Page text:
How to Play the JDC Challenge
The JDC Challenge is named after is creators of Steve Brown and the Junior Darts Corporation. It was originally made as a scoring system for the youth in “JDC Academies” in the United Kingdom. This game has since seen popularity all over the world as a great practice routine for all as it exercises all areas of the game. It also comes with its own karate based ranking system – that anyone can get. This has since also become the game used on JDC Virtual and can be played online exclusively on godartspro.com.
Rules of JDC Challenge
- You start by throwing three darts at the given target and record your score.
- If on the target you score a shanghai you get one hundred extra points
- On the doubles segment each double is worth fifty points if hit.
Scoring JDC Challenge
The Scoring of this game is complicated. Therefore, it comes with its own printable scoring sheet that you can find online as well as exclusive apps for the game to score it.
The game itself is also rather complicated so I have broken it up below to make it easier to follow and understand.
First Shanghai (10 – 15)
The start of the game is on the number ten. You throw three darts at this target in an attempt to score as many points as possible. However, to encourage more than just going for the treble target this game adds in a bonus wherein if you hit a shanghai of any number (Treble, Single and Double) you will score an additional one hundred points. This rewards the player for accuracy. After this happens you then move on to the next number.
Double Around the World
The game then transitions into an around the board type game. However, unlike in the traditional game you do not need to hit the double to progress instead each player gets one dart at every double and you are scored based on the double you hit. It should be noted that unlike most other games if you are to hit a double in this game you do not score the numerical value of the double. Instead, however you score fifty points and if you hit the bullseye you score one hundred points.
Final Shanghai (15 – 20)
Now you return to shanghai and following the exact same rules as before except this time you start on 15 (You do 15 twice in this game) and progress on to 20. There is an additional score of one hundred points if you hit a shanghai.
At the end of this point you can add up your score and get the following rankings based off that score.
White: Beginner – 0 to 150 points
Purple: – 150 to 300 points
Yellow: Improver – 300 to 450 points
Green: League Standard – 300-450
Blue: League Division 1 – 600 to 700 points
Red: Super League Standard – 700 to 850 points
Black: County Standard – 850+ points
Professional Standard: – 1500+ points
Strategy in JDC Challenge
The game requires little strategy and a lot of accuracy however there are two main tips I can give you to play this game at the highest level possible and to move up the ranking system.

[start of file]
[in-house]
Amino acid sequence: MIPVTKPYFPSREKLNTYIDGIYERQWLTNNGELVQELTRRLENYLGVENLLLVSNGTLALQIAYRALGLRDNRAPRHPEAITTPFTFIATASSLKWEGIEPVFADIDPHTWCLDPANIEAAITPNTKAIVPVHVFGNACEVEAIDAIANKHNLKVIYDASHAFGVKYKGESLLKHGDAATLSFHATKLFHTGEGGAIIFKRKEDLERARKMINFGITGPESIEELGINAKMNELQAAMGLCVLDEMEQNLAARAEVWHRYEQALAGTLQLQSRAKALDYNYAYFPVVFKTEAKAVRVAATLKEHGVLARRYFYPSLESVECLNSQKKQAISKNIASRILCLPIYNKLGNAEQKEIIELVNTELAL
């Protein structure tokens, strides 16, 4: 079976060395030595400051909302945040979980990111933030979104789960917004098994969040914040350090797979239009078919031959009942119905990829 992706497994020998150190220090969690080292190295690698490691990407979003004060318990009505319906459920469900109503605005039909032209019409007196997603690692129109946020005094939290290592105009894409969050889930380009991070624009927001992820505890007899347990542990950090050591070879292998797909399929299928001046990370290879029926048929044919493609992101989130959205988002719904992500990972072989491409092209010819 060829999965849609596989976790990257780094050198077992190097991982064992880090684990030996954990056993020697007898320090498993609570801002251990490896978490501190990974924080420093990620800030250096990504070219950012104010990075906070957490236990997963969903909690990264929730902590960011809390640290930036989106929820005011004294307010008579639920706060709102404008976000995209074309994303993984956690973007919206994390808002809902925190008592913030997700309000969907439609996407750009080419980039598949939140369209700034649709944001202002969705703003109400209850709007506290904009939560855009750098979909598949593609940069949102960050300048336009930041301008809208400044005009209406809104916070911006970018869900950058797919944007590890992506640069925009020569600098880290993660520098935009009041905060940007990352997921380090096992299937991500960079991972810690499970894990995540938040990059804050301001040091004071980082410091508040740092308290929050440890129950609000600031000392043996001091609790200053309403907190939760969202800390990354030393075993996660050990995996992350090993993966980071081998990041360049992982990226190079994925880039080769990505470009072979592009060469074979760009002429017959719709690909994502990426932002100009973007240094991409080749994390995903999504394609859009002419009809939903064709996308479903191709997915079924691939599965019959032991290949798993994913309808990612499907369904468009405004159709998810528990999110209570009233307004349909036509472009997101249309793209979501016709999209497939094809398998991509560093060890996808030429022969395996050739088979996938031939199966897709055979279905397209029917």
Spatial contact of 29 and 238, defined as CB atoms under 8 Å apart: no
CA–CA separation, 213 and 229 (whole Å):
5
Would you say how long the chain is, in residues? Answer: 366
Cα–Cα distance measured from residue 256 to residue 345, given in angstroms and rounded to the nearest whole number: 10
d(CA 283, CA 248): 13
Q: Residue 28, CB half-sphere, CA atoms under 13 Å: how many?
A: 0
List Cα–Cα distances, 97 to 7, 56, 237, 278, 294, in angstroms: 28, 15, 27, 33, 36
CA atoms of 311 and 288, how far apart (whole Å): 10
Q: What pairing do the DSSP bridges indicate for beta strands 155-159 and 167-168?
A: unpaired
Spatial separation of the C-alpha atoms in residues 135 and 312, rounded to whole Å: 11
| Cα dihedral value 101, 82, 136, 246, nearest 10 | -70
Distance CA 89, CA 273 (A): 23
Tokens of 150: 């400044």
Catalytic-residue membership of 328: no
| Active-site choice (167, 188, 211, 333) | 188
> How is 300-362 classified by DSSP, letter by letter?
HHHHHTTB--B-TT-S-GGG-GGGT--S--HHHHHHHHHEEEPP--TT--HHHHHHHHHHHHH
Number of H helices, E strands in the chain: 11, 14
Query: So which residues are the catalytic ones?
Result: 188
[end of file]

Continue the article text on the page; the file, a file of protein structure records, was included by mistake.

Doubles are Important
As each double you hit is worth fifty points it makes it vital to hit as many of them as possible. There are 1000 points available on doubles alone and 1100 if you hit the bullseye also. Just hitting plenty of doubles is enough to put you far up the rankings and will improve your score greatly.
Doubles are not Important
While that seems to counter what I just said this is in a different context. On shanghai doubles are not important IF you have already missed the treble. A mistake made by many beginners is that after missing the treble they are still focused on getting the double. Just try and hit one treble and score as much as you possible can. This is about scoring highly. You do not need to be disheartened if you miss loads of Shanghai’s. As you get better, they will begin to become more frequent when you practice.
Despite this being great accuracy and consistency practice, it is also great finishing practice. Not only does it have you hit as many doubles as possible, but it helps with combination finishing as it is training you to hit as many of the trebles and doubles as possible. This game is similar to Chase the Dragon however less strict on what you have to hit. In this game not hitting a target just means a score of zero and you move on.
Perhaps more importantly once you are done playing this game it will give you an extremely clear picture of what areas of you game need further practice. For instance, if you hit shanghai on twenties you do not need to focus on that segment as much in practice. You can take the time to practice on the segments which you did not do so well on.
This game also sheds light on another major issue within darts, everyone likes to think they are perfect on doubles, and given the chance they will hit them. This game puts the ultimate pressure on giving you only one dart to hit it. This increases pressure which can help in the long run. It is also great match practice because in a match you may not always have to blanket of 3 darts at a double. So, you need to be able to master hitting each double with only one dart in hand.
Final Thoughts on the JDC Challenge
The JDC Challenge is a great all round practice game. It will help anyone get better at the game. As of now, no one has achieved a maximum score. As you practice it and improve your score will go up as well. The highest score by a professional was just over 2000 by Kyle Anderson. If your practice and improve enough, who knows maybe one day you could beat his score yourself. Regardless, have fun with this challenge and keep practicing!